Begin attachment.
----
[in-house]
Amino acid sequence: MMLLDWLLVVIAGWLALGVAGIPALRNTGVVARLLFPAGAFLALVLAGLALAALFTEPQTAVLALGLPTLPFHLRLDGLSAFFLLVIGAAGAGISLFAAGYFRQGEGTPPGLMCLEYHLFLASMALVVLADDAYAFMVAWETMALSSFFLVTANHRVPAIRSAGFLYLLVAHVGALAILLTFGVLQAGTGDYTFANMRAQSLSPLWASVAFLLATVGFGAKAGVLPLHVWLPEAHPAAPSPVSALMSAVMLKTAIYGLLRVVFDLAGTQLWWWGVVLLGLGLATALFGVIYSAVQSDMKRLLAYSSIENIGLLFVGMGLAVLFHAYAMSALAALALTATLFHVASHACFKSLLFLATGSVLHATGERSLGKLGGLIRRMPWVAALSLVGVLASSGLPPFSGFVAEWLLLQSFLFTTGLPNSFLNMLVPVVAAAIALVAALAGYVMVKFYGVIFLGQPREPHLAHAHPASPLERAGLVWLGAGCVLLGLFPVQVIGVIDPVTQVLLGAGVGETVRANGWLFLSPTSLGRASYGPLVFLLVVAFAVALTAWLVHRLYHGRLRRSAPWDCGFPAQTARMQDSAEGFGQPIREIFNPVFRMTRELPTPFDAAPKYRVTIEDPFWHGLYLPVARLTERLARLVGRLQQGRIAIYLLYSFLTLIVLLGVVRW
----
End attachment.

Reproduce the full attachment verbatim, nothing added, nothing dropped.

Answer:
[in-house]
Amino acid sequence: MMLLDWLLVVIAGWLALGVAGIPALRNTGVVARLLFPAGAFLALVLAGLALAALFTEPQTAVLALGLPTLPFHLRLDGLSAFFLLVIGAAGAGISLFAAGYFRQGEGTPPGLMCLEYHLFLASMALVVLADDAYAFMVAWETMALSSFFLVTANHRVPAIRSAGFLYLLVAHVGALAILLTFGVLQAGTGDYTFANMRAQSLSPLWASVAFLLATVGFGAKAGVLPLHVWLPEAHPAAPSPVSALMSAVMLKTAIYGLLRVVFDLAGTQLWWWGVVLLGLGLATALFGVIYSAVQSDMKRLLAYSSIENIGLLFVGMGLAVLFHAYAMSALAALALTATLFHVASHACFKSLLFLATGSVLHATGERSLGKLGGLIRRMPWVAALSLVGVLASSGLPPFSGFVAEWLLLQSFLFTTGLPNSFLNMLVPVVAAAIALVAALAGYVMVKFYGVIFLGQPREPHLAHAHPASPLERAGLVWLGAGCVLLGLFPVQVIGVIDPVTQVLLGAGVGETVRANGWLFLSPTSLGRASYGPLVFLLVVAFAVALTAWLVHRLYHGRLRRSAPWDCGFPAQTARMQDSAEGFGQPIREIFNPVFRMTRELPTPFDAAPKYRVTIEDPFWHGLYLPVARLTERLARLVGRLQQGRIAIYLLYSFLTLIVLLGVVRW